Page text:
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Will World War I medal sets stay sold?

No awards for patience go to buyers of new coin issues from the Mint.

Rapid sellouts have become the norm.

Yesterday’s offer of the two-piece sets pairing a World War I proof dollar with five different medals is the latest case in point.

The medals honor the Army, Navy, Marines, Air Service and Coast Guard.

Each two-piece set was $99.95.

No more than 100,000 of all five options combined will be made.

If demand is evenly spread, there would be 20,000 of each.

The proof dollar alone did not sell out. Nor did the uncirculated. They have a combined mintage total of 350,000.

The proof dollar price is $51.95 by itself.

This means the silver medal has an implied price of $48, which is a sweet deal for the Mint because there are no pesky $10 surcharges to pay on each medal to outside groups.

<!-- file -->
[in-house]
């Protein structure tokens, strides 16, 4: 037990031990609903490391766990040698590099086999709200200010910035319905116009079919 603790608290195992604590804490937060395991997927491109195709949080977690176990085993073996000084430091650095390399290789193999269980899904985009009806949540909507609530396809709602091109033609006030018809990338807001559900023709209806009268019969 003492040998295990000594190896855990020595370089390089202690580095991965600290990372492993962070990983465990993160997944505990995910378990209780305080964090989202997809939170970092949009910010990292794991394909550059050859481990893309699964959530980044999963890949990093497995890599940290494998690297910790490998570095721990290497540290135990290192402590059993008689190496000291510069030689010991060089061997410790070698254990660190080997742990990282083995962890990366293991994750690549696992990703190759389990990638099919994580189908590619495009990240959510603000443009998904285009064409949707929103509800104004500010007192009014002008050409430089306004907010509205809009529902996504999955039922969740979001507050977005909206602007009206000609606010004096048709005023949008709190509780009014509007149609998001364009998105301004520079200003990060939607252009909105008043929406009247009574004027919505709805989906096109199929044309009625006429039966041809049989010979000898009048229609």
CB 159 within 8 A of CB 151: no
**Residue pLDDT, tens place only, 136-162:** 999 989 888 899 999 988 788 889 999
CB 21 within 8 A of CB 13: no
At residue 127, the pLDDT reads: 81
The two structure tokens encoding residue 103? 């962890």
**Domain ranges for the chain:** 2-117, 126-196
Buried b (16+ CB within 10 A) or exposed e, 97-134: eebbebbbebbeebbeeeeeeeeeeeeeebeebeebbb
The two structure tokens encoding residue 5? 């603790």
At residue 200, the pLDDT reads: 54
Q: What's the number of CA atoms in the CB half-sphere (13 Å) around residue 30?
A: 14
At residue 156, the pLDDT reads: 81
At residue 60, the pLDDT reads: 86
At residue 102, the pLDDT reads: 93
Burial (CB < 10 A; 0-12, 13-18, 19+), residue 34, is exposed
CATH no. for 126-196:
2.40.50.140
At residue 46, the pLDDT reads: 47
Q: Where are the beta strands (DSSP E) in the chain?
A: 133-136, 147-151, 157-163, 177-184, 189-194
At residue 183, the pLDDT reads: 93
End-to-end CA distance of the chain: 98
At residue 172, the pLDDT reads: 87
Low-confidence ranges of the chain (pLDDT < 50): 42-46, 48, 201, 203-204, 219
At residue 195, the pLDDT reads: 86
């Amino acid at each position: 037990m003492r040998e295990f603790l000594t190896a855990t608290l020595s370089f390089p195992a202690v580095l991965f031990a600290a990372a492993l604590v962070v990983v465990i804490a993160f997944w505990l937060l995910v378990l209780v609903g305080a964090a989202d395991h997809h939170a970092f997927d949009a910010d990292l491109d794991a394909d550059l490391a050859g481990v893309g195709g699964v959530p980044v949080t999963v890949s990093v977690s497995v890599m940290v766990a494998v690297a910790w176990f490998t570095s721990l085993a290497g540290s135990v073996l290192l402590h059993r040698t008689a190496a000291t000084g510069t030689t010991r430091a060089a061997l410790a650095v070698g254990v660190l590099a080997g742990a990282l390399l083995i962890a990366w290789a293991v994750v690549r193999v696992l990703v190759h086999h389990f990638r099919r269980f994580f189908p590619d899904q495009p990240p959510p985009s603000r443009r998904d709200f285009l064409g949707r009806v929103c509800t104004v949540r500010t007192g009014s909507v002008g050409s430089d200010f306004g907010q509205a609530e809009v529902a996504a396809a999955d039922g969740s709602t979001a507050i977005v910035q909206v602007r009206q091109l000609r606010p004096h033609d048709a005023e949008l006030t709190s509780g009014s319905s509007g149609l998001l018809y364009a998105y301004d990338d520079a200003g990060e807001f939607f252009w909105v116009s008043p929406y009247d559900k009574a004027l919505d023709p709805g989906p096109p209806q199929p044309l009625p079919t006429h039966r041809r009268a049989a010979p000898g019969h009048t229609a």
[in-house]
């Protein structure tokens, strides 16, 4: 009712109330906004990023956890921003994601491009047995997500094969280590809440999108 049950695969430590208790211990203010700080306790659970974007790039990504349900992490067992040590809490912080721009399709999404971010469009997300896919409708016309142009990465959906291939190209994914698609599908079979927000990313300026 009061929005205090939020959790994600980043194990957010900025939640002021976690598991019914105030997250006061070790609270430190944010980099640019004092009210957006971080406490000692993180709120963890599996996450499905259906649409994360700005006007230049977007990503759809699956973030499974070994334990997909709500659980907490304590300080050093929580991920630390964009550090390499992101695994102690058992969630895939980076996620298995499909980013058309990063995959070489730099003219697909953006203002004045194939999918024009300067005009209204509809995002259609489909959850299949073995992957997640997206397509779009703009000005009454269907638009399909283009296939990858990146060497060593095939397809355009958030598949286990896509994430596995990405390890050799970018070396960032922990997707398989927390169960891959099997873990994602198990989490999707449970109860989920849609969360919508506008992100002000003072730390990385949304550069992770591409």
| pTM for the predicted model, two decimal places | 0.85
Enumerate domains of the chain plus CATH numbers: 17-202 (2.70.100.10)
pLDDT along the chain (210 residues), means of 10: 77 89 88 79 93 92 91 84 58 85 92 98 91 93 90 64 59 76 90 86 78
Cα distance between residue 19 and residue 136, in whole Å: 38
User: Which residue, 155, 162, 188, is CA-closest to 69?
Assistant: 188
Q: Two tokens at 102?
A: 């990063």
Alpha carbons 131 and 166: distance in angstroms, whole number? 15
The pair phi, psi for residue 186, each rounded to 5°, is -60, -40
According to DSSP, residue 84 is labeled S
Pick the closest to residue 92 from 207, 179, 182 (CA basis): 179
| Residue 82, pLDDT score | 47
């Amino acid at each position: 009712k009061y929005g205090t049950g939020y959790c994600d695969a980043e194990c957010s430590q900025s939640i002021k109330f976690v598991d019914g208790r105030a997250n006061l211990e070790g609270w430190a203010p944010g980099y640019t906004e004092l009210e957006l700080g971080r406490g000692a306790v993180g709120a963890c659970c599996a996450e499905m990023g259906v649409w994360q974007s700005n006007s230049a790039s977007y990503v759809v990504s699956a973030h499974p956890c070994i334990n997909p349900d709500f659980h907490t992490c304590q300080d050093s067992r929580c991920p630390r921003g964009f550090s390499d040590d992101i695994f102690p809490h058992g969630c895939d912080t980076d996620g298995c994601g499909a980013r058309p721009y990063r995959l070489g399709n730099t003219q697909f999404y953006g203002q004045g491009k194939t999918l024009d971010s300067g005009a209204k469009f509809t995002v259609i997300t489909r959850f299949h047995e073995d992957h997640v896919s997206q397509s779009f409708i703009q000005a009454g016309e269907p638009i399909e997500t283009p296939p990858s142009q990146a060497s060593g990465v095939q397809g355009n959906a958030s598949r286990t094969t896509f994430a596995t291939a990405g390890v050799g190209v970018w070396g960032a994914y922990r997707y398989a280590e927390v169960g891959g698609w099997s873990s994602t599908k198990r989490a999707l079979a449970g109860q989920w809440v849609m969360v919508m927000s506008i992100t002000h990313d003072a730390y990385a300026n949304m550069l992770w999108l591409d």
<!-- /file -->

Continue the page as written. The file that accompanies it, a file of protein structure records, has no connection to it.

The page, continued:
Mint buyers scrambled to buy the sets, I expect because they believe a 20,000 mintage is low. Speculators are thought likely to bid up their price.

However, as I said at the beginning, Mint product buyers are not patient.

How will they react to the wait for delivery, which is projected to take until May to begin?

In the speculative universe that these buyers live in, four months is longer than eternity.

Last August, the Enhanced Uncirculated Set sold out in hours on the first day, only to be repeatedly re-offered before the month was over.

The upshot is a sellout then turned into an offer that wasn’t a sellout.

The 225,000 limit was reached. Returns reversed the result.

Final sales number ended up being 210,402.

Will the World War I two-piece sellouts be reversed during the long months of waiting?

Credit card orders are easily canceled.

That is almost worth betting on.

Buzz blogger Dave Harper won the Numismatic Literary Guild Award for Best Blog for the third time in 2017 . He is editor of the weekly newspaper "Numismatic News."

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